Sharp dedicates an entire LCD plant to Apple: Executive cites 'volatility'

The Japanese company is devoting an entire plant to making screens for Apple, but according to a senior executive, that "presents a high level of volatility risk."

orig-ipad_mini_retina_35781422_24_1280x960.jpg
Sharp is a display supplier for Apple's iPads, including this Mini Retina model. Sarah Tew/CNET

A Sharp is allocating a large chunk of its LCD production to Apple -- but it isn't terribly sanguine about the prospect, a company executive said on Monday.

The entire output of the Japanese display maker's Kameyama No. 1 plant "goes to just one company (Apple)," according to an interview with Sharp Senior Executive Managing Officer Norikazu Hoshi published by Japanese newspaper Nikkei on Monday.

Hoshi, however, does not portray that plant's operations as financially sound.

"If you look at just this plant, it certainly presents a high level of volatility risk. But if we make LCD panels for smartphones in large quantities at the No. 2 plant, we can absorb the impact even when the No. 1 plant is not doing so well," he said to Nikkei.

The No. 1 plant uses sixth-generation glass substrate, while the company's No.2 plant is based on a more advanced eighth-generation substrate, Hoshi added.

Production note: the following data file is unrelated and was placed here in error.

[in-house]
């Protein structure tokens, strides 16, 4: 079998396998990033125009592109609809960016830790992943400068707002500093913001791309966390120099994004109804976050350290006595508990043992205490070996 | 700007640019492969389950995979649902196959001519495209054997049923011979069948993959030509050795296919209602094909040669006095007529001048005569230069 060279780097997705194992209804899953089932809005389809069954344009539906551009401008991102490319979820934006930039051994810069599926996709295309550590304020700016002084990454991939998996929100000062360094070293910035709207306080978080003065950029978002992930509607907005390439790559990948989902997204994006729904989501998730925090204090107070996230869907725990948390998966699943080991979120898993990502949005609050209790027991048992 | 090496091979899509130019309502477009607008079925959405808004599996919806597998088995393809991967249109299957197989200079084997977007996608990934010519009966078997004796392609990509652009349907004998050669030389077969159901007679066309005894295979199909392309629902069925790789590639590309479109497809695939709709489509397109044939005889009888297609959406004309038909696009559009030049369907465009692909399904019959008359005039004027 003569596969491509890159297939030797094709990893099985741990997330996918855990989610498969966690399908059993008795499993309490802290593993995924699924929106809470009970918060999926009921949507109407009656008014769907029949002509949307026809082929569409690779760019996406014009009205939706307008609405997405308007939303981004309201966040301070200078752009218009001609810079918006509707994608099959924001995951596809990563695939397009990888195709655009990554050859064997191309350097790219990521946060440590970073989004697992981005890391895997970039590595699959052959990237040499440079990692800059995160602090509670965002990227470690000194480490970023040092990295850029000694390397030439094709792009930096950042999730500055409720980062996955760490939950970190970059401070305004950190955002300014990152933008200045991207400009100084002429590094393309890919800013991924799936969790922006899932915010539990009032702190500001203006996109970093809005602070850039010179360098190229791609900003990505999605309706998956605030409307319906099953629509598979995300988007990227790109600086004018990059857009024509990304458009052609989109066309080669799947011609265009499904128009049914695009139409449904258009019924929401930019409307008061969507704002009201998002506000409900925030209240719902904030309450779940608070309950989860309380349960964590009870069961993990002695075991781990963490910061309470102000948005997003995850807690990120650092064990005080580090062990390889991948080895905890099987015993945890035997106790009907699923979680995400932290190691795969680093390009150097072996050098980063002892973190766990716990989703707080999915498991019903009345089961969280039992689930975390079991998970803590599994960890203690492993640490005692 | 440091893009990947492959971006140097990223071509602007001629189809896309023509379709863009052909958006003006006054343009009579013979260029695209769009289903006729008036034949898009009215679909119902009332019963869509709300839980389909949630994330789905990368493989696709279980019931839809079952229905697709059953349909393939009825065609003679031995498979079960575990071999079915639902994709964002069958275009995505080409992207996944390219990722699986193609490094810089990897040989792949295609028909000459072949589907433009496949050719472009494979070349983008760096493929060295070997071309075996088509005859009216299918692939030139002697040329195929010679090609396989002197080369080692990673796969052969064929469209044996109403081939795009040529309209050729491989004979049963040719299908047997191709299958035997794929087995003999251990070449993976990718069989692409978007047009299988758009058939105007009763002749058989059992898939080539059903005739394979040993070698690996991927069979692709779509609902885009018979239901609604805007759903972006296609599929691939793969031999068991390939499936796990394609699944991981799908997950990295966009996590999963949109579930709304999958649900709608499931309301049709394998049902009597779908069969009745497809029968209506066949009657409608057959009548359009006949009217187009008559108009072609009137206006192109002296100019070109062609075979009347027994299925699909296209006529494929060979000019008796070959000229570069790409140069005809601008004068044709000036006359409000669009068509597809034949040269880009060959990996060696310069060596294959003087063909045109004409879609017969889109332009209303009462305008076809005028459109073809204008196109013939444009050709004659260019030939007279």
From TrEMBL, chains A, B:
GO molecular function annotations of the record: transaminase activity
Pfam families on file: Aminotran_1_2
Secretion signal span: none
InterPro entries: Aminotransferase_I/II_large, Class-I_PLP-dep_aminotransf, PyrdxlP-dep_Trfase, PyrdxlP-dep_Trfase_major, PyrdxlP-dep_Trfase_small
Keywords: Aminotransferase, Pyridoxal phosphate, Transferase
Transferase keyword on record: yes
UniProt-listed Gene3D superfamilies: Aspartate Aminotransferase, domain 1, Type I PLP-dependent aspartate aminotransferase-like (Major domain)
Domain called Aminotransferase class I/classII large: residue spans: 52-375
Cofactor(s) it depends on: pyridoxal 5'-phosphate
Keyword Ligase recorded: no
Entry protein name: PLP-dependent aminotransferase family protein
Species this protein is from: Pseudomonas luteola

The Sharp executive's comments about volatility echo a theme emerging from Japanese manufacturers that supply to Apple, including Japan Display. In short, having Apple as a customer leads to dramatic swings in production from quarter to quarter. And market growth for the iPhone is stalling in the face of other brands that run on Google's Android operating system.

Sharp will invest about 35 billion yen ($340 million, £202 million, AU$366 million) in the LCD business in the current fiscal year. Much of that is going to IGZO panels -- the same kind of panel used in the iPad Mini Retina -- Hoshi said.

Japanese display manufacturers are currently gearing up for the next generation of Apple products. Japan Display will be supplying screens for the iPhone 6, while Sharp is expected to continue to supply panels for the next-gen iPads as well as other devices.

About the author

Brooke Crothers writes about mobile computer systems, including laptops, tablets, smartphones: how they define the computing experience and the hardware that makes them tick. He has served as an editor at large at CNET News and a contributing reporter to The New York Times' Bits and Technology sections. His interest in things small began when living in Tokyo in a very small apartment for a very long time.

 

Join the discussion

Conversation powered by Livefyre

Don't Miss
Hot Products
Trending on CNET

HOT ON CNET

Find Your Tech Type

Take our tech personality quiz and enter for a chance to win* high-tech specs!